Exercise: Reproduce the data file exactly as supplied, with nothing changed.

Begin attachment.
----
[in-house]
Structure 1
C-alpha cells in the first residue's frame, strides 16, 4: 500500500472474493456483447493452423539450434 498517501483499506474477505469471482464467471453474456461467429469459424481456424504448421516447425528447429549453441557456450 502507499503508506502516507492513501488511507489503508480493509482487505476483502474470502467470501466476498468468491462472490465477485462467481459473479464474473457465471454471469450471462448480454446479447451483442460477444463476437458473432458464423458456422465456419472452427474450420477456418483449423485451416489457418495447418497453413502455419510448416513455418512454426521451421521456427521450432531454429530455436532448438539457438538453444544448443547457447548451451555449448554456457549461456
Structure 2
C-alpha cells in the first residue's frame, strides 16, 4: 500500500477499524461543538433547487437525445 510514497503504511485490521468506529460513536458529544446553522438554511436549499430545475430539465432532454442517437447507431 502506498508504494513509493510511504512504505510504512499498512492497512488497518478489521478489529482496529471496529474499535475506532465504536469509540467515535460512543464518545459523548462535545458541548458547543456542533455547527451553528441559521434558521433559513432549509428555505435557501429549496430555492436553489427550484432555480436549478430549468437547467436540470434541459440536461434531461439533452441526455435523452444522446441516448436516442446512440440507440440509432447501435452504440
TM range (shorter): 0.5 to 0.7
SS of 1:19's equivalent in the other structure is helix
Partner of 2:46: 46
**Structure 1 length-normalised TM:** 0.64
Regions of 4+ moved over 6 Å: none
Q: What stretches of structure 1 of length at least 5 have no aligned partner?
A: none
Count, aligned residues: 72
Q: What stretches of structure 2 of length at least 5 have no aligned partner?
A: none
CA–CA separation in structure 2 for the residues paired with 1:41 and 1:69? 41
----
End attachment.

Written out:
[in-house]
Structure 1
C-alpha cells in the first residue's frame, strides 16, 4: 500500500472474493456483447493452423539450434 498517501483499506474477505469471482464467471453474456461467429469459424481456424504448421516447425528447429549453441557456450 502507499503508506502516507492513501488511507489503508480493509482487505476483502474470502467470501466476498468468491462472490465477485462467481459473479464474473457465471454471469450471462448480454446479447451483442460477444463476437458473432458464423458456422465456419472452427474450420477456418483449423485451416489457418495447418497453413502455419510448416513455418512454426521451421521456427521450432531454429530455436532448438539457438538453444544448443547457447548451451555449448554456457549461456
Structure 2
C-alpha cells in the first residue's frame, strides 16, 4: 500500500477499524461543538433547487437525445 510514497503504511485490521468506529460513536458529544446553522438554511436549499430545475430539465432532454442517437447507431 502506498508504494513509493510511504512504505510504512499498512492497512488497518478489521478489529482496529471496529474499535475506532465504536469509540467515535460512543464518545459523548462535545458541548458547543456542533455547527451553528441559521434558521433559513432549509428555505435557501429549496430555492436553489427550484432555480436549478430549468437547467436540470434541459440536461434531461439533452441526455435523452444522446441516448436516442446512440440507440440509432447501435452504440
TM range (shorter): 0.5 to 0.7
SS of 1:19's equivalent in the other structure is helix
Partner of 2:46: 46
**Structure 1 length-normalised TM:** 0.64
Regions of 4+ moved over 6 Å: none
Q: What stretches of structure 1 of length at least 5 have no aligned partner?
A: none
Count, aligned residues: 72
Q: What stretches of structure 2 of length at least 5 have no aligned partner?
A: none
CA–CA separation in structure 2 for the residues paired with 1:41 and 1:69? 41